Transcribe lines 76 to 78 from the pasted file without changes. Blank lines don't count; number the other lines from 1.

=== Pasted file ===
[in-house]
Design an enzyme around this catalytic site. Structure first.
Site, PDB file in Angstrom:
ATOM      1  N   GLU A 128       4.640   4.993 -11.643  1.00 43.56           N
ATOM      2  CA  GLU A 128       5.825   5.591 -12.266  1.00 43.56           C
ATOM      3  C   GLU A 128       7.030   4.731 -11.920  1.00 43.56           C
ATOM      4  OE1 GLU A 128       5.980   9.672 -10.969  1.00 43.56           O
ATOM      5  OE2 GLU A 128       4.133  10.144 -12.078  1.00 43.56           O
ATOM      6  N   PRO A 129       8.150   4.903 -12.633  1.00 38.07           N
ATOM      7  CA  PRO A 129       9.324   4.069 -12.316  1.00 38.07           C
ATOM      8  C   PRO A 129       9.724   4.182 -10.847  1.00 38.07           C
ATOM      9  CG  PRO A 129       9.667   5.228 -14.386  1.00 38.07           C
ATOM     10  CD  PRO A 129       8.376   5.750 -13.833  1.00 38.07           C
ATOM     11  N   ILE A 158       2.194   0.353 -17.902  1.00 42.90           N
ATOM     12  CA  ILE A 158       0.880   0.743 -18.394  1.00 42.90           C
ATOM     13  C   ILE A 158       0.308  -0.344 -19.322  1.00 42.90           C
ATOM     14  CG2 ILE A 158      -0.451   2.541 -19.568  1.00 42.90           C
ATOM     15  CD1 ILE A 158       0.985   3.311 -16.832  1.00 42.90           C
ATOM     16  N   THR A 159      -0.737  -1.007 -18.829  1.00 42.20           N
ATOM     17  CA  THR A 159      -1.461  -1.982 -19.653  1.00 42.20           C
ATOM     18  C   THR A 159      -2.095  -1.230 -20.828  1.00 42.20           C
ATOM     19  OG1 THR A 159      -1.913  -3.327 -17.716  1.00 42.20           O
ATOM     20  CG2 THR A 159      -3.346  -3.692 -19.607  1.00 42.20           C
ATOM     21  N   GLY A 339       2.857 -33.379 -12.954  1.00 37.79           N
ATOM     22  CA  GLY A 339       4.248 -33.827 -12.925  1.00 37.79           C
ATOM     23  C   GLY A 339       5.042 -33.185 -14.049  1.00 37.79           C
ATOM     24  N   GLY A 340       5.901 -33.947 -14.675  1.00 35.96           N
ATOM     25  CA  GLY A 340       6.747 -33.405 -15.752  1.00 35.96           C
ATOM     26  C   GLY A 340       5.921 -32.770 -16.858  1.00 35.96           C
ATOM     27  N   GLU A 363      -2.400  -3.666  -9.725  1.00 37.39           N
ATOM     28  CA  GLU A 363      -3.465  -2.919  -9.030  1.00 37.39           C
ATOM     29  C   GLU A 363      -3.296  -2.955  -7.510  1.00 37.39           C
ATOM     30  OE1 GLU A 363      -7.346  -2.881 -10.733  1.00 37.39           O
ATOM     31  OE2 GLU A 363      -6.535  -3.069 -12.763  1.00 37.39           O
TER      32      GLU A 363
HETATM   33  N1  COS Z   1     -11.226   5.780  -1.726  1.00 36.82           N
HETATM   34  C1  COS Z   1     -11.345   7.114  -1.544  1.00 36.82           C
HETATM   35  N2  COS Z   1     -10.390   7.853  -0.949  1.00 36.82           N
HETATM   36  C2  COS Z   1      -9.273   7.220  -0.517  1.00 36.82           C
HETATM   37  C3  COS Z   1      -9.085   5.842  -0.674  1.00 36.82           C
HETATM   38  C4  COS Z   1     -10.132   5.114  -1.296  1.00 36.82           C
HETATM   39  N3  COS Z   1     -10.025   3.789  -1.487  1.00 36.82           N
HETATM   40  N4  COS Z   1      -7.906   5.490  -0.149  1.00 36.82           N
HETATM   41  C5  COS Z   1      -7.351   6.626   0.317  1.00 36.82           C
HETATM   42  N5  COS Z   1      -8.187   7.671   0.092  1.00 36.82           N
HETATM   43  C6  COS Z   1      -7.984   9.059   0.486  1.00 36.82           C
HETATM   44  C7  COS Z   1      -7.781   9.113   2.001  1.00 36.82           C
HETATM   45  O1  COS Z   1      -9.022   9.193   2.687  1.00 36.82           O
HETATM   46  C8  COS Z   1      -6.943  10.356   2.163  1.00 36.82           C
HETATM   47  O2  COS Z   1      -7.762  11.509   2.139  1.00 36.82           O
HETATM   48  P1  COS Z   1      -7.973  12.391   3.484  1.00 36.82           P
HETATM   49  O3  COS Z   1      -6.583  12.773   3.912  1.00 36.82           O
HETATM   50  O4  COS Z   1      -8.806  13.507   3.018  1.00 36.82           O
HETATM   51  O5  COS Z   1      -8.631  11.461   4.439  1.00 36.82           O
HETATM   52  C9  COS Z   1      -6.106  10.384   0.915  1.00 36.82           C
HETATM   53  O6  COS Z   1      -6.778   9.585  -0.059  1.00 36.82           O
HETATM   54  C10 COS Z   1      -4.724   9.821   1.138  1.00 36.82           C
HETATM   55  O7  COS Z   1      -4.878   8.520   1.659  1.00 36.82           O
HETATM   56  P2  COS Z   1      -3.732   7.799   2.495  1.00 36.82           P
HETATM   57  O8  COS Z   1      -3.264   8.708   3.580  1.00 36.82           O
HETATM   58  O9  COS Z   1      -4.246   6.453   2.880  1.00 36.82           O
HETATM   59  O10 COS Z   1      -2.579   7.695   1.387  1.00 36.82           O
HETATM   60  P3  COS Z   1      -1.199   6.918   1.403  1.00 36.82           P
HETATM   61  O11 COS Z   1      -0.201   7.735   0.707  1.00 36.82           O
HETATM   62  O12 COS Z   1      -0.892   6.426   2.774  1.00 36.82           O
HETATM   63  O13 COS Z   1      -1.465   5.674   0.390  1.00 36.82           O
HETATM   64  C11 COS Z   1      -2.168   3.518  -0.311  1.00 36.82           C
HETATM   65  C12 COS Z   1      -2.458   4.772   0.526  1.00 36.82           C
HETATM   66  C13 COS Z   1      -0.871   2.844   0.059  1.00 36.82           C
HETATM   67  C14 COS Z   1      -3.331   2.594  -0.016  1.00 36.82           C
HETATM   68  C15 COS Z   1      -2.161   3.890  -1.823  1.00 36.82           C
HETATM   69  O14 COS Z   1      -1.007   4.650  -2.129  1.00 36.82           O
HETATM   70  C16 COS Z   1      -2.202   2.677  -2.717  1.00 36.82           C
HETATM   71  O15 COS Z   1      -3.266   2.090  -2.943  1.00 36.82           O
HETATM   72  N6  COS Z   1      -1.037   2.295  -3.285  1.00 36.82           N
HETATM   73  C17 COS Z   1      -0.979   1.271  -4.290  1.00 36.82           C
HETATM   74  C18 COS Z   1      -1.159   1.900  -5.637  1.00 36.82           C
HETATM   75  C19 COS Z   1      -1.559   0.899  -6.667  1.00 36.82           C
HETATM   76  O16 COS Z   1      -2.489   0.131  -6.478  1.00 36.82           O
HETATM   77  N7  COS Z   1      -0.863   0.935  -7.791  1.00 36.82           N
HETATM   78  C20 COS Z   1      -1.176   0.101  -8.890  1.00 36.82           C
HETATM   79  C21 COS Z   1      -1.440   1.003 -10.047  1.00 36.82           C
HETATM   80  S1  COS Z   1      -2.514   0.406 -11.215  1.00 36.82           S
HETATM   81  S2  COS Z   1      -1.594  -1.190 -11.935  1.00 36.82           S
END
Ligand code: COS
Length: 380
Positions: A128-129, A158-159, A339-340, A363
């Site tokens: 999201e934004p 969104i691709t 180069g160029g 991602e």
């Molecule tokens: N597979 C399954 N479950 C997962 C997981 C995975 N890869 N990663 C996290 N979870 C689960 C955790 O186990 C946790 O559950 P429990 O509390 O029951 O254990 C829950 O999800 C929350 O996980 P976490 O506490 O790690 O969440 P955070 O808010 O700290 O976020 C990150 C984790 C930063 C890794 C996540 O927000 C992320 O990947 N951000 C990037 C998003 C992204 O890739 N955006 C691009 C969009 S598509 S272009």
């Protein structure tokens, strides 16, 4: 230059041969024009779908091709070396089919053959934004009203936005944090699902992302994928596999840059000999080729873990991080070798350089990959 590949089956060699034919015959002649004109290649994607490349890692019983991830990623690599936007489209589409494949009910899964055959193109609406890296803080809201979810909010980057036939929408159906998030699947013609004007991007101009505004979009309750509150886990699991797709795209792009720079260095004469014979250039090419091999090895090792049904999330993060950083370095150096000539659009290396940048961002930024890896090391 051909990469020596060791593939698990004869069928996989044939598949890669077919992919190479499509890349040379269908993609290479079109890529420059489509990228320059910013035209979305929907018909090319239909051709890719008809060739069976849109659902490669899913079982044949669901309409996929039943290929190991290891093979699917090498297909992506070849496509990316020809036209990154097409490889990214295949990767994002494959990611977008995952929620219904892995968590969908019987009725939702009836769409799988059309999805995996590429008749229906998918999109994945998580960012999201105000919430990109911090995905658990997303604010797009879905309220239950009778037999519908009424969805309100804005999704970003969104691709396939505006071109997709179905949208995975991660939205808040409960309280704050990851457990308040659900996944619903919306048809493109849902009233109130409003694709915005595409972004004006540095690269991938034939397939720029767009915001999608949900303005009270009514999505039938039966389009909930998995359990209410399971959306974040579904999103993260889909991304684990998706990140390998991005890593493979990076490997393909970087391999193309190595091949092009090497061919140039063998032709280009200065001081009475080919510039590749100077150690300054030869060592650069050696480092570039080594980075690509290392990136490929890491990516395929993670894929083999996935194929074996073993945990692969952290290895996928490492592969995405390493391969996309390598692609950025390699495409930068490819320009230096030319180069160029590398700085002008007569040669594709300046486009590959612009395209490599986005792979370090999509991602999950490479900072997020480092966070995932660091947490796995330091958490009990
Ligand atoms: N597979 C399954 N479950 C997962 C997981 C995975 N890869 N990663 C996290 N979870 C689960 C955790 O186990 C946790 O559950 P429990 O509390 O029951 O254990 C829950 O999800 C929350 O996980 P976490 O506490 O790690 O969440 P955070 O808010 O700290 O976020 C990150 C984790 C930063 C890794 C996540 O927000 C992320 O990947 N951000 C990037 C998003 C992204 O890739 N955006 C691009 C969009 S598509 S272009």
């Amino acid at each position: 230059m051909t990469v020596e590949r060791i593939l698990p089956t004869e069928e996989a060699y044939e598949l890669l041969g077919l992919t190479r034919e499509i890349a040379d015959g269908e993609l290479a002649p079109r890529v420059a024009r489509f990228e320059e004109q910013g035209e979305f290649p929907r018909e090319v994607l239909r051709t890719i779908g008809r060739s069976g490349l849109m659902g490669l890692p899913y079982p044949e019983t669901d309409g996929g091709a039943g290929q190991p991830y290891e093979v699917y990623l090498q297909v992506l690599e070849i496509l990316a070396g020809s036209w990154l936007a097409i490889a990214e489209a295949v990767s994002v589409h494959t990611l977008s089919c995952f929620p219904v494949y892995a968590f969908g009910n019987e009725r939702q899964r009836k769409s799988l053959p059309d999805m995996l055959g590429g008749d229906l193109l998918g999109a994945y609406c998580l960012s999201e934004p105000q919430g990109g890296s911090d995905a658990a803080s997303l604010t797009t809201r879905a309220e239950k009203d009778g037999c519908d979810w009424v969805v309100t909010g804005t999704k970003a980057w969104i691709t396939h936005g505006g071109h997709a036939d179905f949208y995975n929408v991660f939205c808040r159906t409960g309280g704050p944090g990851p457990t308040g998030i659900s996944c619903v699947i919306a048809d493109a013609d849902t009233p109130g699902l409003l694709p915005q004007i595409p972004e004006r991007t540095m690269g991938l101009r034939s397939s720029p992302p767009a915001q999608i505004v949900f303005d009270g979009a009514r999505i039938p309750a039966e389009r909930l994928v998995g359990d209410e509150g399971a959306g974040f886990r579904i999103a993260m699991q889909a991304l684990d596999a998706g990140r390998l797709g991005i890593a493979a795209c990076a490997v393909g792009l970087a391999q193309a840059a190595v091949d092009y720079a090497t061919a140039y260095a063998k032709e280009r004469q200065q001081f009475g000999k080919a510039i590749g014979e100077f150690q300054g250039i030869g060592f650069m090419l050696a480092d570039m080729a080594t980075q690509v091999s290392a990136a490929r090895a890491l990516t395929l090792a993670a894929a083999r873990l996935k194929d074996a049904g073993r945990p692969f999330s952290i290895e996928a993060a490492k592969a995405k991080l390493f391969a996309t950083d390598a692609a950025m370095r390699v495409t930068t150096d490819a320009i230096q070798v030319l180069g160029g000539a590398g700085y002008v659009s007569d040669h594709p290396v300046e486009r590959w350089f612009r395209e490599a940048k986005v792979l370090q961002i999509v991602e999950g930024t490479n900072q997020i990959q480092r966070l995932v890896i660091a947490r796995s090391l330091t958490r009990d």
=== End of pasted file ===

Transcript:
HETATM   73  C17 COS Z   1      -0.979   1.271  -4.290  1.00 36.82           C
HETATM   74  C18 COS Z   1      -1.159   1.900  -5.637  1.00 36.82           C
HETATM   75  C19 COS Z   1      -1.559   0.899  -6.667  1.00 36.82           C